Health Education in Public Schools: Let's Talk About Sex
Some of the most common questions volunteers at the Peer Health Exchange (PHE) hear in their classes include: “What if I’ve had blue balls for more than a day?” “How do I get rid of a hickey?” “Is it okay to wear two condoms?”
PHE is a national organization that trains college student volunteers to teach health curriculum in high schools. It has sites in six major cities, including Boston, San Francisco, New York City, Los Angeles, Chicago and the District of Columbia.
“I have been absolutely thrilled to see how thoughtfully Peer Health Exchange is responding to the needs of teens,” said Cassandra Bell, a member of the Board of Overseers for Peer Health Exchange of DC and a teacher at Eastern Senior High School. “[They’re] really moving towards empowering students with information and resources to make their own healthy decisions and, even more importantly, it’s connecting them with local providers.”
The volunteers are not licensed teachers, so their curriculum goes hand-in-hand with the curriculum taught at the high schools. In the past, volunteers would teach a series of content-based workshops, but the organization has taken strides to change that.
“They’re fulfilling a unique role of coming into ninth grade classrooms and giving students that information when they might not otherwise get it for another year, and when [students are] already being exposed to a lot of things just by being in high school,” Bell said.
In the District, the organization is trying a pilot program where volunteers teach high school students how to access important and credible resources for all aspects of their health. Many students are not aware of the information they have at their fingertips. This new program is critical to educating students. The volunteers go the extra mile by leading tours of local clinics and health centers.
Since most ninth graders in the District do not receive health and sex education because it does not fit into their schedule, there’s a gap in their knowledge on healthy decisions. PHE fills that gap.
“Every single thing they learn is so impactful for them because this is such an important time in their lives, learning about such serious stuff like drugs, alcohol, mental health and sex," said Meg Carter, a volunteer for PHE and a junior at AU. "It’s such an honor to be part of their decision-making process.”
The health education standards in DC Public Schools (DCPS) are specific to each grade up until high school, where there is only one class that students can take any semester their schedule permits. This class is comprehensive and includes subjects like emotional health, human growth and development, nutrition, disease control and prevention, drugs and alcohol, sexuality and reproduction.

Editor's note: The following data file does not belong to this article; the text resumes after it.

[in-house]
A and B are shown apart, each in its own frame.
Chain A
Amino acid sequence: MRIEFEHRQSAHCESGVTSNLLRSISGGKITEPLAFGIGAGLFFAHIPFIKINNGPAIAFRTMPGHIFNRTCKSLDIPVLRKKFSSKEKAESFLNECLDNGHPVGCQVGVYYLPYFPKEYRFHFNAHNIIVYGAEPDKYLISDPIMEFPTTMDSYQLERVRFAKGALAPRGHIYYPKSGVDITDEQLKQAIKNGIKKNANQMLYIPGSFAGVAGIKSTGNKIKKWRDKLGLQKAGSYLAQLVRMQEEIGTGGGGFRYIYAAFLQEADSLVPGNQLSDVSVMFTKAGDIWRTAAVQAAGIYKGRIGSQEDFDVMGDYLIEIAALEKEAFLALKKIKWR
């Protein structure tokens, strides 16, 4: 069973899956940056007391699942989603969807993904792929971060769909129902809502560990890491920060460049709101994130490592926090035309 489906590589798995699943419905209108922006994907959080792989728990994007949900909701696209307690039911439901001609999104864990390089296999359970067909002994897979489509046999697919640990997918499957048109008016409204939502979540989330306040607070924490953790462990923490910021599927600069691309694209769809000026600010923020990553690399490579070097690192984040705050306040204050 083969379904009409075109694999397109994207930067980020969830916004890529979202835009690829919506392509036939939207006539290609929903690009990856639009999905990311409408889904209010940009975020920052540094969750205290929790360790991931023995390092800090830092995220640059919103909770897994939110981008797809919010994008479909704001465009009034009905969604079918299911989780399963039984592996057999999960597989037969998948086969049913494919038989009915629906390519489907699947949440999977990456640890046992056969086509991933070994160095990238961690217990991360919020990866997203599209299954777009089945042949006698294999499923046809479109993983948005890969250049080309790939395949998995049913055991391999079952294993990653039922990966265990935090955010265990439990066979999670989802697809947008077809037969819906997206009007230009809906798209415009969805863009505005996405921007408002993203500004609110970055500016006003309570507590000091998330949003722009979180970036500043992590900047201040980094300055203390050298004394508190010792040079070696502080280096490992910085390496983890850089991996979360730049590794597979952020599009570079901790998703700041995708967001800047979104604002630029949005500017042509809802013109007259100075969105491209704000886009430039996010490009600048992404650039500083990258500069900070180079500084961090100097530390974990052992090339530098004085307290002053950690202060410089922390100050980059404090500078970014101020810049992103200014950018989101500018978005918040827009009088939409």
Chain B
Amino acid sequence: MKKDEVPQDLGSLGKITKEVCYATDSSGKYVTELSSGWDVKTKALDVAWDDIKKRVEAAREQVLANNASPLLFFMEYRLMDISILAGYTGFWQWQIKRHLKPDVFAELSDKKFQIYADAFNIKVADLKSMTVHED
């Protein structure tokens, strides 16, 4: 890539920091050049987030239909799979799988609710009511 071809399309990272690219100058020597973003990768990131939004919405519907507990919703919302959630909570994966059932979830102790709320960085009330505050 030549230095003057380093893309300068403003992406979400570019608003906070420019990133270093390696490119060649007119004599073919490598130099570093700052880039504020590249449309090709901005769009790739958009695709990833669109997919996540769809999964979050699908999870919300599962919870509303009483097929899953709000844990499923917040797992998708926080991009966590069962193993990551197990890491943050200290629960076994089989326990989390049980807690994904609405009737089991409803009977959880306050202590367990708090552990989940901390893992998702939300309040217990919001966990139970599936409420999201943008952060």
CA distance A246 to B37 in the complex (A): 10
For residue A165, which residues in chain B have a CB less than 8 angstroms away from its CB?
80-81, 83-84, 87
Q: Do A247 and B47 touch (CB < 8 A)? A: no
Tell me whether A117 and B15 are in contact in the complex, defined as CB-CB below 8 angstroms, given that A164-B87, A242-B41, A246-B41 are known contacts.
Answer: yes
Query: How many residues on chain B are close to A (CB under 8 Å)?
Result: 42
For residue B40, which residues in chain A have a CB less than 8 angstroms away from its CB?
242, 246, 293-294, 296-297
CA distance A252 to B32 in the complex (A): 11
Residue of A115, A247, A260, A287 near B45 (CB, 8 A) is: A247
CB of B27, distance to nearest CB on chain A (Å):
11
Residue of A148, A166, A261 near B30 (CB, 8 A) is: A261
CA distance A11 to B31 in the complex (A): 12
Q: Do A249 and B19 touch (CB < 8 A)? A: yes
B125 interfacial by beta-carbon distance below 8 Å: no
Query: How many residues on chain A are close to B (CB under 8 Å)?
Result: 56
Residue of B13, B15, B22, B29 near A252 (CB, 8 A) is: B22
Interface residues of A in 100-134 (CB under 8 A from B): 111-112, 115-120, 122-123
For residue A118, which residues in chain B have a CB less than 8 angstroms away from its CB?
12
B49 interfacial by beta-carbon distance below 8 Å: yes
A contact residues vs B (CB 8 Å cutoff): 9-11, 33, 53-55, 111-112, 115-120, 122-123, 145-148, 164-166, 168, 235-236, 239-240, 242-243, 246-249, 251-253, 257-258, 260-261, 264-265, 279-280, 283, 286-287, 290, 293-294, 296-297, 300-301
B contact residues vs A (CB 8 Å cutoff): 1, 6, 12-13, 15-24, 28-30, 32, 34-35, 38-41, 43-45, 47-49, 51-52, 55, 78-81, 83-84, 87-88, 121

“One of the issues is that a lot of the students won’t take the class until 10th, 11th or 12th grade, after many of them have already engaged in some sort of sexual activity,” said Emily Meyer, a former volunteer for PHE and a senior at AU.
Jolynn Gardner is the Director of Public Health in the Department of Health Studies at AU. She believes that the public health community has a responsibility to make sure kids are as well prepared and as protected as possible, especially because there are so many youth already engaged in activities that are risky for pregnancy and STI transmission.
"We certainly know that abstinence is the best way to not get an STD and not get pregnant, but we also know in public health...that teenagers 100 percent practicing abstinence is not a reality."
“The research tells us that the best sex education programs are programs that are comprehensive, that definitely introduce abstinence as an option," Gardner said. "We certainly know that abstinence is the best way to not get an STD and not get pregnant, but we also know in public health…that teenagers 100 percent practicing abstinence is not reality."
In 2013, 53.5 percent of high school students in the District had sexual intercourse in the past and 36.6 percent were currently sexually active, according to the Center for Disease Control and Prevention (CDC). Additionally, 70.1 percent of students used a condom during their last sexual intercourse while only eight percent used birth control pills.
Though DCPS’ curriculum is inclusive, the time allotted for it is not necessarily sufficient.
“The issue is, because it’s only one semester, there’s only so much you can fit in,” Meyers said.
Limited classroom time and low attendance rates of students in DCPS add an additional obstacle in successfully improving the students’ comprehension and understanding of the health and sex education curriculum.
DC Action for Children is an organization that provides data-based analysis on critical issues facing children and youth to encourage and support policies that heighten child well-being. They found that the truancy rate, or the percentage of students with more than 10 unexcused absences over the course of the year, was 42 percent in DC public high schools for the 2012-2013 school year. Furthermore, 30 percent of high school students had more than 20 unexcused absences in that same school year.
“Students just don’t go to class,” Meyers said. “It just doesn’t happen so, sure, they’re required to take [sex education classes] but are they there? And if they are there, are they paying attention? Chances are, 'No.' So it’s a very multifaceted problem.”
Gardner believes that the only way to lower misconceptions of sexual health in teenagers is by continuing the conversation as a community.
“We need to keep highlighting the fact that, for instance, in school districts where there’s either no sex education or abstinence-only education, we often see higher rates of teen pregnancies and higher rates of STDs as well,” she said. "But I think when we have those conversations and keep talking about it, we need to do so in a very patient, measured and consistent manner.”